Within the Buddhist literature of the past millennia, there are several references to the Buddha’s loss that reflect this tendency toward dissociation. The famous myth of the baby Buddha taking seven steps to the north immediately after his birth, for example, conveniently passes over the helpless years of his infancy. These years are dissociated, as if they never existed, as if he were never a baby at all. It is as if he is already at least two or three years old, if not totally grown up, walking and talking and thinking clearly, already conscious of the role he is to play in the world at the time of his birth. His need for a mother, in this version of the story, is minimal.

In this depiction of the Buddha’s infancy one can see a culture’s defense mechanism at work. Rather than addressing the impact of his looming loss, the story depicts the baby as already completely self-sufficient. As much as I love the image of the baby Buddha pointing his finger in the air and trumpeting his omnipotence with what would become known as his Lion’s Roar, I cannot help but wonder about the subtext of the story. It reminds me of how my own therapist (a teacher of Gestalt therapy named Isadore From) told me that he could often tell from the way his patients walked into the room who had been prodded by overeager parents into standing and walking before they were ready. The hip bones of infants are softer than those of adults and do not completely fuse for the first year of life. Parents who stand their babies up and make them imitate walking push them into an erect posture they are not physiologically ready for. The child wants to comply to please his doting parents, but such children are robbed of the satisfaction of lifting themselves to standing when their bodies are actually ready. Insecurity lurks within such a compliant personality. A sense of inner confidence is often lacking.

The Buddhist scriptures, while relatively silent on the Buddha’s mother, do not completely ignore her. But when they do address her death, they illuminate the defense of dissociation more than they speak to the possible impact of her demise. Reading the various renditions of the Buddha’s birth that have come down to us, one can feel that something is not being said. Everything is fine, these stories insist. Nothing to worry about. It didn’t matter at all! In the description of her death in the Lalitavistara Sutra, for example, a Mahayana scripture written in Sanskrit and preserved in Tibetan, the pressure that must have been applied to the young Buddha to deny the depth of his loss can still be felt:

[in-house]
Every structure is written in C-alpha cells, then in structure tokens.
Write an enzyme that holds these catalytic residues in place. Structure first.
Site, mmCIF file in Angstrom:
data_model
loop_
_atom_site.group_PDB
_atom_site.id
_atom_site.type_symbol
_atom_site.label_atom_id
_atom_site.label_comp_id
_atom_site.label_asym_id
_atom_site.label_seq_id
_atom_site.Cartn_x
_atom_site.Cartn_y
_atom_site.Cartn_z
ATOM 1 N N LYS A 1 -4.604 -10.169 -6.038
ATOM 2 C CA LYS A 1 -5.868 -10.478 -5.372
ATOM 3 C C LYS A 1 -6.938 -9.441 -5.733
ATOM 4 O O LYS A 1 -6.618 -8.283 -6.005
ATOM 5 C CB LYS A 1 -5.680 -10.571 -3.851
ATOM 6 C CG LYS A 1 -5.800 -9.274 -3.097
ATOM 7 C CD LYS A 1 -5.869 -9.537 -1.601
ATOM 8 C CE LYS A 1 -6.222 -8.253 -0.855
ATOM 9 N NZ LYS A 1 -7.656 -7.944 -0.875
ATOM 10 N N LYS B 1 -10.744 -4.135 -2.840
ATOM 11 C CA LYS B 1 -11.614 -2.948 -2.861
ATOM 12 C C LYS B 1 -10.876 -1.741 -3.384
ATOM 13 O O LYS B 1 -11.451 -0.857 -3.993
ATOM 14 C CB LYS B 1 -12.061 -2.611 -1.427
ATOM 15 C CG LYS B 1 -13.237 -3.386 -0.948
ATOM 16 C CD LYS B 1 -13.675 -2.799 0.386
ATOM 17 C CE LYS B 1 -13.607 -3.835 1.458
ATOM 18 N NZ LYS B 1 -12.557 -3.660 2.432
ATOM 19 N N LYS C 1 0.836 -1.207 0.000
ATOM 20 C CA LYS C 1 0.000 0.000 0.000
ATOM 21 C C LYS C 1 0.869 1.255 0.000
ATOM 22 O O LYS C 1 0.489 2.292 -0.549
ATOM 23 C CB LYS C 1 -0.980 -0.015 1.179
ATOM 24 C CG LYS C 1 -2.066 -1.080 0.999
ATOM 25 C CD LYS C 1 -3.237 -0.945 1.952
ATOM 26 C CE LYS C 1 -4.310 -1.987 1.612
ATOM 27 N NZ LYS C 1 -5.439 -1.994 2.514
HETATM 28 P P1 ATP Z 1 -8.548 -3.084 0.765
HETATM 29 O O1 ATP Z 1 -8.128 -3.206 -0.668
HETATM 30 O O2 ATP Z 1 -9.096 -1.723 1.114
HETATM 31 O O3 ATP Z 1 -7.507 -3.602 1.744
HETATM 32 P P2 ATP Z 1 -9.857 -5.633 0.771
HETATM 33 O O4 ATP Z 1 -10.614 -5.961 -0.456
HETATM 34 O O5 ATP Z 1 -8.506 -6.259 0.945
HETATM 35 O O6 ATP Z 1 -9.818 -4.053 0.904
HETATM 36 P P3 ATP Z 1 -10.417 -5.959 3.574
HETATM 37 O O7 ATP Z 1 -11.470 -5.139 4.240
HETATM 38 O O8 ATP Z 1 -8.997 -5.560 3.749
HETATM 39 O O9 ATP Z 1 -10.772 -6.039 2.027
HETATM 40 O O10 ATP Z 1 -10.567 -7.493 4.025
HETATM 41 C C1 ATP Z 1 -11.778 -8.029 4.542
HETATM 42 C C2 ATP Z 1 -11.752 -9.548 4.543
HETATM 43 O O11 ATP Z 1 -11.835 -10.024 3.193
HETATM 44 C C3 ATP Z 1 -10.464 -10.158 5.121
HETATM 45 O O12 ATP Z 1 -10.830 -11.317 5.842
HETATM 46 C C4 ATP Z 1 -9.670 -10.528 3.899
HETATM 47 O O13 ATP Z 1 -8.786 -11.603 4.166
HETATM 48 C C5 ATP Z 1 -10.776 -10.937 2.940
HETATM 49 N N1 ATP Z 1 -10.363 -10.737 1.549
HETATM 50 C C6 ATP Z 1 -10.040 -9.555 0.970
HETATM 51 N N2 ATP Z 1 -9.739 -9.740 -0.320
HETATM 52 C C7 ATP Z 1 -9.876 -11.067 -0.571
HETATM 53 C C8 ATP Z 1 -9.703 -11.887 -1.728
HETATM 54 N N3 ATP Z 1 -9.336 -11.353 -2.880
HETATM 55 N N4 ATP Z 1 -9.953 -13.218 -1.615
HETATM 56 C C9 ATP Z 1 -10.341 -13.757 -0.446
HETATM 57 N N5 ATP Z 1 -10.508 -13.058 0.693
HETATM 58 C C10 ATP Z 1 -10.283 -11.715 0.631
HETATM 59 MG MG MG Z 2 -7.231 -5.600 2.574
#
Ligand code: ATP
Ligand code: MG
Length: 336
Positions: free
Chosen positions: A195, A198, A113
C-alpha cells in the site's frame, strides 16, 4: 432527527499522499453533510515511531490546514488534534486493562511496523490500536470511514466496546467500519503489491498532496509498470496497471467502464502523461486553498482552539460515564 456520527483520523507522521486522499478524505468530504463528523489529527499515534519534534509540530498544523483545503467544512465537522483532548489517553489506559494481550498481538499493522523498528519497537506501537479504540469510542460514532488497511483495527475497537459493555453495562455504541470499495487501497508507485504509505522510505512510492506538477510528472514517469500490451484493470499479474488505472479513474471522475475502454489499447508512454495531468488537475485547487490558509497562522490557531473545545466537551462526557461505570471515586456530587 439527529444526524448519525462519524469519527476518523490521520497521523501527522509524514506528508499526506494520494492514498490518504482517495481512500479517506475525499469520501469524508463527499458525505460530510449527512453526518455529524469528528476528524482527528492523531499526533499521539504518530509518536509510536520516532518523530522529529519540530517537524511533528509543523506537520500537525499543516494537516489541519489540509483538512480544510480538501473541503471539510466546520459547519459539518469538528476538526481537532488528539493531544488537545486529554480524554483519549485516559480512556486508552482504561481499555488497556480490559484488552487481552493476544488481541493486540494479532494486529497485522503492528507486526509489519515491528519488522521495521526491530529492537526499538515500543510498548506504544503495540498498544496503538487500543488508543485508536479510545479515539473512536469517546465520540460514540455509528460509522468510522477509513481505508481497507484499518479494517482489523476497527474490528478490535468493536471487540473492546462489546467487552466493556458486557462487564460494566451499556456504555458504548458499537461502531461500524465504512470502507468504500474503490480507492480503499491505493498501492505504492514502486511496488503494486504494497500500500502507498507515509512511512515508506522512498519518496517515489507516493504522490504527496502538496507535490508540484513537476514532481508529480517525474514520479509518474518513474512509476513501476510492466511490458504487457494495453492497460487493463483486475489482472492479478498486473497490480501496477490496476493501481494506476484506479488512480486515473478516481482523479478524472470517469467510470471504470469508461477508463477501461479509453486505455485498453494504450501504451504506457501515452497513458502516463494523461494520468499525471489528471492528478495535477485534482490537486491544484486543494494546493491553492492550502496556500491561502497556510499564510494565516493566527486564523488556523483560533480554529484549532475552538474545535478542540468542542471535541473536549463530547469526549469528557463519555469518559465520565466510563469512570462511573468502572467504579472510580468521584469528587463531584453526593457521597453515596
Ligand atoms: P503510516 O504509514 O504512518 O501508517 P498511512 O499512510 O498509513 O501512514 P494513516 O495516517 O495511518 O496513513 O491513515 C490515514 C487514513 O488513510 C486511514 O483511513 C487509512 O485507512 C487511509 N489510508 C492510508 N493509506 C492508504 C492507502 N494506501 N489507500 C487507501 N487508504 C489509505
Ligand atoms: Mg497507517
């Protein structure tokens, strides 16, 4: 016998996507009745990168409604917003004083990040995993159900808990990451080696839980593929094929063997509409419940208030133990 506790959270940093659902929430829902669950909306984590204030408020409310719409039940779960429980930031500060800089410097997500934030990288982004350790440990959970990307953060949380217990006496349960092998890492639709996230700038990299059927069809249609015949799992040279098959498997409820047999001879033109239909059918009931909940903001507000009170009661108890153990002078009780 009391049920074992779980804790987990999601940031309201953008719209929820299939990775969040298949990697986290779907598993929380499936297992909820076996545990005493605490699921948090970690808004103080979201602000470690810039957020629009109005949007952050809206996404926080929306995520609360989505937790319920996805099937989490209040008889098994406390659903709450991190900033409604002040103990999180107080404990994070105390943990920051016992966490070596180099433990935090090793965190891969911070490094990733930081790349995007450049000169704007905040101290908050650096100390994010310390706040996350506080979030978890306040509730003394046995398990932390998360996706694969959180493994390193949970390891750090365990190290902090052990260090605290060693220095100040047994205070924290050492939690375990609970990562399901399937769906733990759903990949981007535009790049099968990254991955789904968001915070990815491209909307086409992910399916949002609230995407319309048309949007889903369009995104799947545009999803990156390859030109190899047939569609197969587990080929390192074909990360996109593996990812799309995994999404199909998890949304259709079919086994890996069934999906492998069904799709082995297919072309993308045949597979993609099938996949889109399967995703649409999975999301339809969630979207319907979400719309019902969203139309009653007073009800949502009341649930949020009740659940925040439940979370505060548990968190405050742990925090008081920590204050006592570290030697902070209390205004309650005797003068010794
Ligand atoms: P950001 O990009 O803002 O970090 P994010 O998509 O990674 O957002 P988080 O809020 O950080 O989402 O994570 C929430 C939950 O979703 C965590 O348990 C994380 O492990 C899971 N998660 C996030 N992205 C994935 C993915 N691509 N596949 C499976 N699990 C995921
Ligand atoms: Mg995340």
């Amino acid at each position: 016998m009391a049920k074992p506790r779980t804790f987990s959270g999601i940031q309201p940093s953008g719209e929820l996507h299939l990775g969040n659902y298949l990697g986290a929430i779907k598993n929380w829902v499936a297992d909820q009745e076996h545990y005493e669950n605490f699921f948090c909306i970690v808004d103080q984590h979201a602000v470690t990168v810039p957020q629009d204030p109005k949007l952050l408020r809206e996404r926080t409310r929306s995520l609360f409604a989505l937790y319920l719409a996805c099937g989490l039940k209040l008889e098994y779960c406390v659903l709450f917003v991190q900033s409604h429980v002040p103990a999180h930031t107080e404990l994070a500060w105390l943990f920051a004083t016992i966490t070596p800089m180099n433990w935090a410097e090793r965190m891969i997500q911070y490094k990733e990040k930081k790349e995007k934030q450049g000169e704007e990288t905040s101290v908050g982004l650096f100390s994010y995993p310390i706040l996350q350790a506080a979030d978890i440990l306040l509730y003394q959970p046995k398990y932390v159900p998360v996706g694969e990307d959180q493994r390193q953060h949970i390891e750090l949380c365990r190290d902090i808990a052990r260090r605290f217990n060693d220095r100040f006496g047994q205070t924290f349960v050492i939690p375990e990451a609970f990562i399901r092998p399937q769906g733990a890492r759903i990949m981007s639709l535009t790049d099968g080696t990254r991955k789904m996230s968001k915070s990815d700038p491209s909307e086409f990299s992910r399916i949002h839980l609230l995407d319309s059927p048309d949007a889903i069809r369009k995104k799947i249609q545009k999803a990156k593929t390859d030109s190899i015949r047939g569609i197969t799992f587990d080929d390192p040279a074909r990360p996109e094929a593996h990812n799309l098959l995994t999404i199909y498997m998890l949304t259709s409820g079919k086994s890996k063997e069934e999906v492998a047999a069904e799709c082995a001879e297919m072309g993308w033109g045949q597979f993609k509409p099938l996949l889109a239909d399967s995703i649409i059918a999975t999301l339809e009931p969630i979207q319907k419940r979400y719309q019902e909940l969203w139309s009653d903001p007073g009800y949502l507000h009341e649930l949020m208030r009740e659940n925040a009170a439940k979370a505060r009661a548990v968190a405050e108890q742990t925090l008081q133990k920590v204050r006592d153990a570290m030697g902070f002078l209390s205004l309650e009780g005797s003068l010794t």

O monks, seven days after the Boddhisattva’s birth, it came time for his mother, Māyādevī, to die. And upon her death, Māyādevī was reborn into the realm of the Thirty-three gods.

But monks, if you think that Māyādevī’s death was due to the birth of the Boddhisattva, you are wrong. That is truly not the way to see it. And why not? Because she had reached the end of her life. With Bodhisattvas of the past also, seven days after their final birth, their mothers have died. And why? Because if a Bodhisattva were to grow up, his faculties fully developed, at the moment he left home, his mother’s heart would break.3

This is the most common explanation for Queen Maya’s death, the one that is generally repeated in Buddhist circles when her name is brought up: This is what happens to all Buddhas’ mothers. In Buddhist cosmology, Buddhas arise in every age, just when the world has forgotten the last vestiges of the former one’s teachings. In every case, it is said, the mother dies after the child’s first week of life. Were she to live, the various commentaries assert, her heart would be broken when her son renounced his family and fled to the forest to pursue his spiritual quest. It’s better, it is said, for her to die early, to be spared the unbearable pain of abandonment. It would be too cruel to subject her to such anguish.4

With great compassion for the mother, the various commentaries gloss over the effects on the child. It is left to the Buddha to put the pieces together himself. There is no evidence that as an infant he suffered in any material way from his mother’s sudden death. Nor was there any hint of neglect or abuse on the part of the aunt toward her nephew. One can only imagine that the young child took her for his own mother and bonded with her as such. It is likely that the infant, while having lost the opportunity to feed from his own mother’s breast, would have been fed by well-practiced wet nurses and doted on by the extended family of the Sakya clan, and it is even possible, had his mother lived, that his feedings would have been the responsibility of the same relatives or servants. He was certainly not in the classic position of an orphaned baby left alone in a less-than-optimal institutional setting, nor was he like the son of the poet Sylvia Plath, one year old at the time of his mother’s suicide, whose father, Ted Hughes, perhaps anticipating the boy’s own suicide forty-six years later, wrote of how his eyes “became wet jewels/The hardest substance of the purest pain/As I fed him in his high white chair.”5